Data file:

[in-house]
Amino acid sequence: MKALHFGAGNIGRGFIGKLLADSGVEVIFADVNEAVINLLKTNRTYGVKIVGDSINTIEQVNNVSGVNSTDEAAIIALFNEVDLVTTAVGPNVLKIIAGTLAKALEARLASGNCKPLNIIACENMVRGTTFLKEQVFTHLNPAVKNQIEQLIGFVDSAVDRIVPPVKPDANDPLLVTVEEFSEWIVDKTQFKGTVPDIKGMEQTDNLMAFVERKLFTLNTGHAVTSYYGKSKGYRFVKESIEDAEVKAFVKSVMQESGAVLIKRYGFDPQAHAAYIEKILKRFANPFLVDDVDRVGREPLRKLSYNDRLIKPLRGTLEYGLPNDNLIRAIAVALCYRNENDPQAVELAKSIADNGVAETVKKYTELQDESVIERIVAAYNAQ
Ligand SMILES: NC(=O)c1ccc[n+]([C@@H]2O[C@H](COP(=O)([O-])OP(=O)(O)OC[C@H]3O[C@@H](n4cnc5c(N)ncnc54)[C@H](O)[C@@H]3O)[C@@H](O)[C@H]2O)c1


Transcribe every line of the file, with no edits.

[in-house]
Amino acid sequence: MKALHFGAGNIGRGFIGKLLADSGVEVIFADVNEAVINLLKTNRTYGVKIVGDSINTIEQVNNVSGVNSTDEAAIIALFNEVDLVTTAVGPNVLKIIAGTLAKALEARLASGNCKPLNIIACENMVRGTTFLKEQVFTHLNPAVKNQIEQLIGFVDSAVDRIVPPVKPDANDPLLVTVEEFSEWIVDKTQFKGTVPDIKGMEQTDNLMAFVERKLFTLNTGHAVTSYYGKSKGYRFVKESIEDAEVKAFVKSVMQESGAVLIKRYGFDPQAHAAYIEKILKRFANPFLVDDVDRVGREPLRKLSYNDRLIKPLRGTLEYGLPNDNLIRAIAVALCYRNENDPQAVELAKSIADNGVAETVKKYTELQDESVIERIVAAYNAQ
Ligand SMILES: NC(=O)c1ccc[n+]([C@@H]2O[C@H](COP(=O)([O-])OP(=O)(O)OC[C@H]3O[C@@H](n4cnc5c(N)ncnc54)[C@H](O)[C@@H]3O)[C@@H](O)[C@H]2O)c1